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The Frankenstein Photo

Posted by: David Larsen on 02/03/2013 - 2:02 PM

Some painters can paint from their head.  I can't do that.  I'm one of those painters who has to see what they paint.  Where I like to paint from life, that is not always possible, especially if the subject is perishable: flowers, fruit, etc.  It can take me sometimes weeks to finish a painting, long after the subjects have festered in a giant mess.

Some may think that painting from a photo is a handicap.  However, I find that it gives me a slight advantage in that I can play with the composition until I find something I like.  Sometimes that composition is not just from one photo.

Take the photo below, which is the reference photo from my latest painting.  It is actually from three photos.  In one photo, I liked the flower arrangement. In another, I liked the pitcher and bowl.  In yet another, I liked the table and reflection.  I Frankensteined them all together into one photo.  This photo never actually existed in real life.  Also, it does not have to be perfect, because it is just a reference photo for my painting and will be tossed when the painting is done.  You can see all the seams where I put them together.

The artistic process does not start when I put my brush to the canvas.  It starts well before -- first, when I snap the photos, second when I process them, third, when the composition comes to life.  I bet Rembrandt never had an advantage like that.

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Posted by: Shana Rowe on 02/03/2013 - 2:07 PM

Very cool David, I'm not very experienced with digitally combining photo's, how did you do that? It looks great!! Can't wait to see the finished painting!!


Posted by: Jean Moore on 02/03/2013 - 2:09 PM

David I hear you. I'm just now being able to paint from my mind. And you slap a light texture over this baby and you have a photo that can sell. My Frankensteined photos for paintings never looked this good. I am so going to enjoy your painting of this. I'll be checking the WiP thread.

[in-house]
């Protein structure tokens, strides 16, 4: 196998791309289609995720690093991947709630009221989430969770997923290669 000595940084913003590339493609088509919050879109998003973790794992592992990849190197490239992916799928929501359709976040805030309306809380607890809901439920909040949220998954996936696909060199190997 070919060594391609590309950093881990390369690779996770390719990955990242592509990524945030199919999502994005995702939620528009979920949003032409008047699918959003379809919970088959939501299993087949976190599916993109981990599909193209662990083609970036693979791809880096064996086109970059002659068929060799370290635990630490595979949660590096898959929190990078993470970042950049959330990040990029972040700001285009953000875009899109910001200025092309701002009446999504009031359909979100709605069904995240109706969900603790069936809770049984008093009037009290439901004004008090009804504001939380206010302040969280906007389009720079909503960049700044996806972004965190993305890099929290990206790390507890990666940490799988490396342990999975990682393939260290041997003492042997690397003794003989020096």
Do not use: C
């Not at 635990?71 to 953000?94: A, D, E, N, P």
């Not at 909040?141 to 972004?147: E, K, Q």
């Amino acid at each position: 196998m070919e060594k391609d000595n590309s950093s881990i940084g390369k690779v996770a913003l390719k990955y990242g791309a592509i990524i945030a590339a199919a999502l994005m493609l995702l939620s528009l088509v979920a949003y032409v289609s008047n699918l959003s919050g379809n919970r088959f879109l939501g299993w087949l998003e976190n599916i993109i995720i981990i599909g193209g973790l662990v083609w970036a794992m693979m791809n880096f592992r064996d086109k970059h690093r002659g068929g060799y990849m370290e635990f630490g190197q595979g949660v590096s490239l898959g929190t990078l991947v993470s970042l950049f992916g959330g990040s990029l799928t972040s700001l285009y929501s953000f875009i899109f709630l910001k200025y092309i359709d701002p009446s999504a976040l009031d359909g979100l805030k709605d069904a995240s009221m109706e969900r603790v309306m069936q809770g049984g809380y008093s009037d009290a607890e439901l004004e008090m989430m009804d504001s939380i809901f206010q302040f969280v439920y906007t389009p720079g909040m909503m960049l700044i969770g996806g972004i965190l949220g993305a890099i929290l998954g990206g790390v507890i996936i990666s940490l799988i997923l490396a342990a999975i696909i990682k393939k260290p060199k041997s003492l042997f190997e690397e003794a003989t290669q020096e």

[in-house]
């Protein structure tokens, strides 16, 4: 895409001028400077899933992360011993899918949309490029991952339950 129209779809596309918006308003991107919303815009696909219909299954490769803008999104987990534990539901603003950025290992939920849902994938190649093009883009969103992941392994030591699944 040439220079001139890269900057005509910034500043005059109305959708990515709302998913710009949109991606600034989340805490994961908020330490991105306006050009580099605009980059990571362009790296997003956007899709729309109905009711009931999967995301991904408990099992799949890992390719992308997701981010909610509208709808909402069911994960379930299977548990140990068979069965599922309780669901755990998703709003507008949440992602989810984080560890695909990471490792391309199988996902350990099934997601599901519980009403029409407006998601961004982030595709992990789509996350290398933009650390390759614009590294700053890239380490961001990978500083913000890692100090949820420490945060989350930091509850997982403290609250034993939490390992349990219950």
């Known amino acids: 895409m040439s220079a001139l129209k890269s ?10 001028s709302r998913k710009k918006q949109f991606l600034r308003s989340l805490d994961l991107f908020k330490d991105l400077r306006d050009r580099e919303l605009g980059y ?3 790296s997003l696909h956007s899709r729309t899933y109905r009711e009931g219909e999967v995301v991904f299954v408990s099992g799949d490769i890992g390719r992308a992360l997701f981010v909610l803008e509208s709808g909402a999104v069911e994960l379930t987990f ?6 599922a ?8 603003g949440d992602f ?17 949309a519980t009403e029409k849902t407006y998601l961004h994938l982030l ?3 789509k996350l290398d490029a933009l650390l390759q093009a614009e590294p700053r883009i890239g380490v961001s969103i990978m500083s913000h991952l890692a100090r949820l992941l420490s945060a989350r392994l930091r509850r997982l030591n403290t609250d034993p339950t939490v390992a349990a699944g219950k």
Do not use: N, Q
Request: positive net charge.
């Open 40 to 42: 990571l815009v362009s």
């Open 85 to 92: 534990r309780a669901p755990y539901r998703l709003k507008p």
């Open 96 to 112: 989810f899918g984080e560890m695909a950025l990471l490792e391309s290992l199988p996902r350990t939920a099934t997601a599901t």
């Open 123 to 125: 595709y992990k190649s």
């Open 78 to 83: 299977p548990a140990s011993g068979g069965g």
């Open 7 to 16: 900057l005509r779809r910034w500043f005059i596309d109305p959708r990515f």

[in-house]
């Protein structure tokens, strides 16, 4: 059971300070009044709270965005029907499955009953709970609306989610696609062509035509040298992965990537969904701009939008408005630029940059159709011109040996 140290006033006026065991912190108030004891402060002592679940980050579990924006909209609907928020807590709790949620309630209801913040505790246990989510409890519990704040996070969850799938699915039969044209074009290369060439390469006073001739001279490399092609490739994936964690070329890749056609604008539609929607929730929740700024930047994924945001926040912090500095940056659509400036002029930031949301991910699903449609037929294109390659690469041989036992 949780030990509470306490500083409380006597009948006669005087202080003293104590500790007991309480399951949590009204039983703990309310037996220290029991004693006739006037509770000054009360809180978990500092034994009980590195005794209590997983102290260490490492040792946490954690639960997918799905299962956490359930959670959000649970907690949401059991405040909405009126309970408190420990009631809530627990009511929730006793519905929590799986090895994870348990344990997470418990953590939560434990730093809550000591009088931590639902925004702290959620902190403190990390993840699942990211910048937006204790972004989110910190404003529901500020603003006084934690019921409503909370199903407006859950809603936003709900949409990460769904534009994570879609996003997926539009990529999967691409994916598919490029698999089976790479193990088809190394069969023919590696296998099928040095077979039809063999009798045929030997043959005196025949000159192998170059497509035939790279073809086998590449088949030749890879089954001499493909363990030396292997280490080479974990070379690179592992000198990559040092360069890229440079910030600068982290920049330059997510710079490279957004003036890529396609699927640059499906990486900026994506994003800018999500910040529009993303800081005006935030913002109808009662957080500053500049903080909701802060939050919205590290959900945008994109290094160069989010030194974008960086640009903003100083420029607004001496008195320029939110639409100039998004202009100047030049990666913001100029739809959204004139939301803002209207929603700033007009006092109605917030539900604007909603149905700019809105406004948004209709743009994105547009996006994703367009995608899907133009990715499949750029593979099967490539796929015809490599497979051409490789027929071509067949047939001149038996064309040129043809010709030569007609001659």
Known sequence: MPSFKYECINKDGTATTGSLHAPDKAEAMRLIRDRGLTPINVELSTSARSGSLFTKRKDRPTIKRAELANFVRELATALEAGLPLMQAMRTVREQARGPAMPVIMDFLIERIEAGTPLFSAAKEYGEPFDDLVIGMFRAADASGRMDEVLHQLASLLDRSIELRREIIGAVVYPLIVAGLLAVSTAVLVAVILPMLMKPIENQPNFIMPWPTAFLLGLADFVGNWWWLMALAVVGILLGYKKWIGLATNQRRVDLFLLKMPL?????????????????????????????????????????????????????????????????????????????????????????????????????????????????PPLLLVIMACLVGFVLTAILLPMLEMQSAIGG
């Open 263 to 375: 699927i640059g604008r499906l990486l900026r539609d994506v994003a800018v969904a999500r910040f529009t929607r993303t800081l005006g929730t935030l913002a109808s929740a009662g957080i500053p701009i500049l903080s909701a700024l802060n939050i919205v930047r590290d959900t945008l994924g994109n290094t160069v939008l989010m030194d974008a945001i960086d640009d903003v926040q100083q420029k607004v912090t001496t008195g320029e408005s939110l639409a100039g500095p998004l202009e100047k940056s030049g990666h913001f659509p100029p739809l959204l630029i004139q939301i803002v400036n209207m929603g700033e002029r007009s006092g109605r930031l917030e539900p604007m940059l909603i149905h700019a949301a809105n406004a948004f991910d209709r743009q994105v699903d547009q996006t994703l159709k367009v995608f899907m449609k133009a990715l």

Posted by: Janice Drew on 02/03/2013 - 2:10 PM

Very nice, David. Did you ever find out the name of the purple flowers? I am looking forward to seeing your finished painting.


Posted by: David Larsen on 02/03/2013 - 2:13 PM

Janice, I never did. I need to figure that out before I name the painting.


Posted by: Darice Machel McGuire on 02/03/2013 - 2:17 PM

You are A good example of a hard working artist. Yes you are right the painting doesn't start when you put brush to canvas. Sometimes they take years of research sometimes weeks or days. Thank you for sharing your valuable insights. Your next painting is going to be stunning because of all the hard work you put into the reference material.


Posted by: Janine Riley on 02/03/2013 - 2:19 PM

I am exactly the same. I must see my subject in front of me. & often use about 3 photos . As I am not Plein air -ing a watercolor in a barnyard.
When I get my composition in - photos go away, & from there it takes on it's own life form.

I would love to Frankenstein ! I don't need any expensive/pro software to use for a print - just something to switch shapes around.

P.S. She's going to be beautiful.


Posted by: David Larsen on 02/03/2013 - 2:55 PM

Janine, I use Gimp to manipulate the images and print my reference photos at Walgreens -- nothing fancy.


Posted by: Janine Riley on 02/03/2013 - 3:24 PM

Thank you David, Photography Prints
I had to laugh, wondering howwww many glasses of wine it took to compose this ? Your wife most love modeling for you !


Posted by: David Larsen on 02/03/2013 - 4:22 PM

Janine, that particular photo was taken in Paso Robles, California, wine country. We visited about five tasting rooms that day. This one was the second or third one of the day.

The photo for this one was manipulated too. Behind the wine glass was a refrigerator full of stuff that detracted from the composition. I took that out and made it a plain wall before I painted it. I also added the wine bottle from another photo.


Posted by: Loretta Luglio on 02/03/2013 - 5:49 PM

Great reference photo. Can't wait to see the painting. I do all my compositions in photoshop before painting. I add objects, people, animals, birds - you name it. It saves a lot of time and you can tell instantly if the composition is sound, move things around, scale, etc. when I get it right I print out or, lately, just work using a monitor as my reference. I like using the monitor as I can zoom in on specific areas.


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